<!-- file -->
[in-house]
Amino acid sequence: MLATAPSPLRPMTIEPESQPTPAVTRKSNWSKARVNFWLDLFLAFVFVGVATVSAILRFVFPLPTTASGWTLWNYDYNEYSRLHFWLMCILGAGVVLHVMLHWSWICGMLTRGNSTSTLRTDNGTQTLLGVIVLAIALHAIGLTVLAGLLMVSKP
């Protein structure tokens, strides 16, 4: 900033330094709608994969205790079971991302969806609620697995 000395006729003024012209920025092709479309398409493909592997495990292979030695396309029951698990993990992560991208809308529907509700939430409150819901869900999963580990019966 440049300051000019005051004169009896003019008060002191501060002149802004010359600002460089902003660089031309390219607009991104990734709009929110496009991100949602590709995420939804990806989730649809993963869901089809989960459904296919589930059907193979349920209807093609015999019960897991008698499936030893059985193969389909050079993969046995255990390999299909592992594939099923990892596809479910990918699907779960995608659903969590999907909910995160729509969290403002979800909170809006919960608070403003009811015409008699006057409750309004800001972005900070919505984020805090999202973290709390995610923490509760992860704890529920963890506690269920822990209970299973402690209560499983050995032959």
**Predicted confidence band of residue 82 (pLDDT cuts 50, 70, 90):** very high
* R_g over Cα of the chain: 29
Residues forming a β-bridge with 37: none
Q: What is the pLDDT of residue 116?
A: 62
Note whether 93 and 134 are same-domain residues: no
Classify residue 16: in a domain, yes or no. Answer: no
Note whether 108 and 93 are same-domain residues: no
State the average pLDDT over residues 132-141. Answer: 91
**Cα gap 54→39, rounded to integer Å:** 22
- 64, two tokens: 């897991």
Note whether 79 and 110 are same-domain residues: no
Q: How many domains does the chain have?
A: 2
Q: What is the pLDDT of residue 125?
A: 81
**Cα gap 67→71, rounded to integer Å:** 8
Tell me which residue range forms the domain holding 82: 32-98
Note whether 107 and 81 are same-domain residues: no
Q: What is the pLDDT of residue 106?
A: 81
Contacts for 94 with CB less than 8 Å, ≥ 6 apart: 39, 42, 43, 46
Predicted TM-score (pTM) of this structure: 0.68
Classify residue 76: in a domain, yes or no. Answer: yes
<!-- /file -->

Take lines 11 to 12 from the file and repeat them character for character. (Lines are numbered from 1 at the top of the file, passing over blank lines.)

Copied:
Note whether 108 and 93 are same-domain residues: no
State the average pLDDT over residues 132-141. Answer: 91